Campaign advertising is the transmission of messages – by any means – to the public during an election which promote or oppose, directly or indirectly, a person’s candidacy or election.
It includes (but is not limited to) election signs, campaign brochures, radio or television ads, social media posts, and newspaper ads.
The Act requires that campaign advertising identify the name of its sponsor and their telephone number. The sponsor is any person, association, or organization who is paying for the advertising. This is usually the Candidate or the Official Agent.
Use one of the following formats:
- “Authorized by [name of Candidate], [telephone number].”
- “Authorized by [name of Official Agent], Official Agent for [name of Candidate], [telephone number].”
- “Authorized by [name of individual], [telephone number].”
A sponsor for any campaign material must be a resident of the NWT, and must be available at the telephone number provided to answer any questions from the public.
Any advertising that has a surface area of less than 64cm2 or may reasonably be considered to be clothing, a novelty item, or an item intended for personal use does not require the identification of a sponsor.
Contributions of advertising
If the advertising is being provided as a non-monetary contribution, the donor providing the service must be identified as the sponsor. This might include a donation of signs or published material, or the donation of advertising space or airtime that would normally cost money.
In addition to identifying the sponsor on the campaign material, the value of the advertising expense must be recorded as a non-monetary contribution.
Reused materials, such as campaign posters and signs, should be recorded at their fair market value, which is the price that they would obtain in the open market, in an arms-length transaction.
Near voting places
Campaign material cannot be placed within 25 metres of a polling station or the office of a Returning Officer. This includes signage, posters, or any other published material.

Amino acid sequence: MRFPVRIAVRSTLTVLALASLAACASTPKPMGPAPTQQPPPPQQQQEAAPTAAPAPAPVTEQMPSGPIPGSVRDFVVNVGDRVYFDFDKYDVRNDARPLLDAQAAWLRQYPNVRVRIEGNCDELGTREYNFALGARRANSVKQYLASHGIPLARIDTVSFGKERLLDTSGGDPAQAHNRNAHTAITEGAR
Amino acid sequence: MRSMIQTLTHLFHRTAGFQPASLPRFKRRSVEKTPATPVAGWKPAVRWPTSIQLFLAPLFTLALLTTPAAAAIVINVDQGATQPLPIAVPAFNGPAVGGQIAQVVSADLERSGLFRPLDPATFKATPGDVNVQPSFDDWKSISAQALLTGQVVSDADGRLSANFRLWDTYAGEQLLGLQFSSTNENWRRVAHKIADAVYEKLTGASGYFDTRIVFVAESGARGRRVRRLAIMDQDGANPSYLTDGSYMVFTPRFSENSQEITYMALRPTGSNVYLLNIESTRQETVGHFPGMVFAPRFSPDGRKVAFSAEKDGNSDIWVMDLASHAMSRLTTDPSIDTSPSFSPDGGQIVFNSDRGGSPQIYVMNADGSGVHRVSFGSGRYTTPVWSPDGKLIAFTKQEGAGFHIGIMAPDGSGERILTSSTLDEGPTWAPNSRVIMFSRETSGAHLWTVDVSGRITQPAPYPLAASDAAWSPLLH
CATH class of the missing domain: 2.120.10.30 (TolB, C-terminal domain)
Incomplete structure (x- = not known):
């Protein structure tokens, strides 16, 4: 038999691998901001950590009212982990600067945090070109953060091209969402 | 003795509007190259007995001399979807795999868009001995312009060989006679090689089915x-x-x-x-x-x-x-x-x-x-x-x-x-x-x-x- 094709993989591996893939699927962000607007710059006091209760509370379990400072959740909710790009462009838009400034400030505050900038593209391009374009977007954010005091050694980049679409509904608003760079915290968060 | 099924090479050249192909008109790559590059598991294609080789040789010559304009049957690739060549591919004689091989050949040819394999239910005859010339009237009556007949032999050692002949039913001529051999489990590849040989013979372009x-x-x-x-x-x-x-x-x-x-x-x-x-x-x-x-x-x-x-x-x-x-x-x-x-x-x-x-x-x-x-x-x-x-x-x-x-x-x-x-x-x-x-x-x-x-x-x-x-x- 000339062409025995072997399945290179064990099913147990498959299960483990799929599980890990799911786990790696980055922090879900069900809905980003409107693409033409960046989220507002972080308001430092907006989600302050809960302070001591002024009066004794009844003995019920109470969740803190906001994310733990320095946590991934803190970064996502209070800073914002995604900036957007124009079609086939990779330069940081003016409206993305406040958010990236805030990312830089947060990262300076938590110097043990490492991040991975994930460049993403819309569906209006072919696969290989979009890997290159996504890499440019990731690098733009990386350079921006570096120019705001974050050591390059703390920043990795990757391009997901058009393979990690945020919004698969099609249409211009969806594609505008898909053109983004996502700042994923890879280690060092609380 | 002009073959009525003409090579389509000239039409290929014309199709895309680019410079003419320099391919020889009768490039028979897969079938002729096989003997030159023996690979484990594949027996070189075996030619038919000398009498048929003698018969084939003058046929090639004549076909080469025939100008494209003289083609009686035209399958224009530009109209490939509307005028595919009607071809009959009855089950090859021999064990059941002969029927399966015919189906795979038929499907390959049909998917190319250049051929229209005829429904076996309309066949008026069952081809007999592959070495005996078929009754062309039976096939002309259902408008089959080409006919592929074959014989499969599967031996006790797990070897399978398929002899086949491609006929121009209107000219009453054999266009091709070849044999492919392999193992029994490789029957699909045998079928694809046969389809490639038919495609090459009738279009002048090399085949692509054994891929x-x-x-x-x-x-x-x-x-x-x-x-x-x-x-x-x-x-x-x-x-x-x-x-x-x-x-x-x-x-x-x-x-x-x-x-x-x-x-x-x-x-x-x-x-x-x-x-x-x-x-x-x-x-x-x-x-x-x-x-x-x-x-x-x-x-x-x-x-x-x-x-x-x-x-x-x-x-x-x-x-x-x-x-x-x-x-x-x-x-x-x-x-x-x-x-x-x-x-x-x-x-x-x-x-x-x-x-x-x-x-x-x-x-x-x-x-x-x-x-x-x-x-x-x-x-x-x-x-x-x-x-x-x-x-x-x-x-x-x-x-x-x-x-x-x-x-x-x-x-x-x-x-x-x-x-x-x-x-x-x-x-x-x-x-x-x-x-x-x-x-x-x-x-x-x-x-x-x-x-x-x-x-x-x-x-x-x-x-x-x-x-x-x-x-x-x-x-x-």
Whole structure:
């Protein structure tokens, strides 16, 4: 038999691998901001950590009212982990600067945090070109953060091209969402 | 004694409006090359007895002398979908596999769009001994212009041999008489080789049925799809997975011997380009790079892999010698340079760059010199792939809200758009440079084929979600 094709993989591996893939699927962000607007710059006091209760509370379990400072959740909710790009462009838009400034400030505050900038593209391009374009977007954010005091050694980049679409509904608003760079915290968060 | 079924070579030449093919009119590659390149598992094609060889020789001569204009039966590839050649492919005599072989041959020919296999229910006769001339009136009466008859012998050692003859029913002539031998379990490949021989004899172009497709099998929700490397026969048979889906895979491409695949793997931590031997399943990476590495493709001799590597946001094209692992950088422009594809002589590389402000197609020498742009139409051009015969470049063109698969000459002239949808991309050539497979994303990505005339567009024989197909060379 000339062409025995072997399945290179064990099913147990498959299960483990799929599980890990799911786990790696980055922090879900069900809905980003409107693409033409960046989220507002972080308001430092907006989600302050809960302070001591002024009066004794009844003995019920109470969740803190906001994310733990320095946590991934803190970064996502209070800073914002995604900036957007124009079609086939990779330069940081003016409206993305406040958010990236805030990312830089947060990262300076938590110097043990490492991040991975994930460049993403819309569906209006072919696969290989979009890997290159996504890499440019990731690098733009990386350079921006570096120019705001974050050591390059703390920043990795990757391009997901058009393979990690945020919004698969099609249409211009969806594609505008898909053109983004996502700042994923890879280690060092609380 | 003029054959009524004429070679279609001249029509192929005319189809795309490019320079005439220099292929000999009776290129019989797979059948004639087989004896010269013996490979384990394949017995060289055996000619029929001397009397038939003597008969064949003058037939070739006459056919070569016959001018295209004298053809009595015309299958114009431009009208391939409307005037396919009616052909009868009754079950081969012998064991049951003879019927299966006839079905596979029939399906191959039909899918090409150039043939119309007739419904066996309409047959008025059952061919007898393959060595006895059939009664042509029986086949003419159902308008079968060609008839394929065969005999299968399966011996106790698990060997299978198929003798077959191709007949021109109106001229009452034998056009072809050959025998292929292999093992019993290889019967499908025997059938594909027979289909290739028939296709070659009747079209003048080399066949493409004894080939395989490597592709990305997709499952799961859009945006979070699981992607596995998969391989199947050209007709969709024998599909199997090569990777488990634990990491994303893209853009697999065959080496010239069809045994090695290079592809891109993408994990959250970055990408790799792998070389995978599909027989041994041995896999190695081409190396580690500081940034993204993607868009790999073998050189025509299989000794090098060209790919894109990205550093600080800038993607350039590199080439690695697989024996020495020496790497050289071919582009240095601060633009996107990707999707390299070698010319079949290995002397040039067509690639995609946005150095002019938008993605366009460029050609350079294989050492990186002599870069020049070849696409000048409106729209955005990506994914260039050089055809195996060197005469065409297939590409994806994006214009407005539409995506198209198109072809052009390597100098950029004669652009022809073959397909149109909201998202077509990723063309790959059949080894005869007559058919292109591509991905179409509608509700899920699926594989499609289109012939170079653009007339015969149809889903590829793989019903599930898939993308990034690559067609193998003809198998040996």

On public property
When placing campaign materials on public property, existing local bylaws must be observed. Check which laws apply to your selected locations.
On private property
A landlord or condo corporation cannot prohibit a tenant or condo owner from displaying campaign materials on the premises of their unit.
However, landlords or condominium corporations may set conditions on the size or type of materials that may be displayed. They may also prohibit or restrict the display of campaign materials in common areas such as hallways, elevators, stairwells, lobbies, or parking areas.
Campaign materials on public property must be removed within 14 days after polling day. Candidates are responsible for removing campaign material after the election.
It is an election offence for an unauthorized person to take down, remove, cover up, mutilate, deface, or alter campaign materials.
Election Officer’s Authority
Any election officer acting on the instructions of the Chief Electoral Officer has the authority to remove, destroy, or discontinue any campaign advertising that does not comply with the requirements set out in the Elections and Plebiscites Act.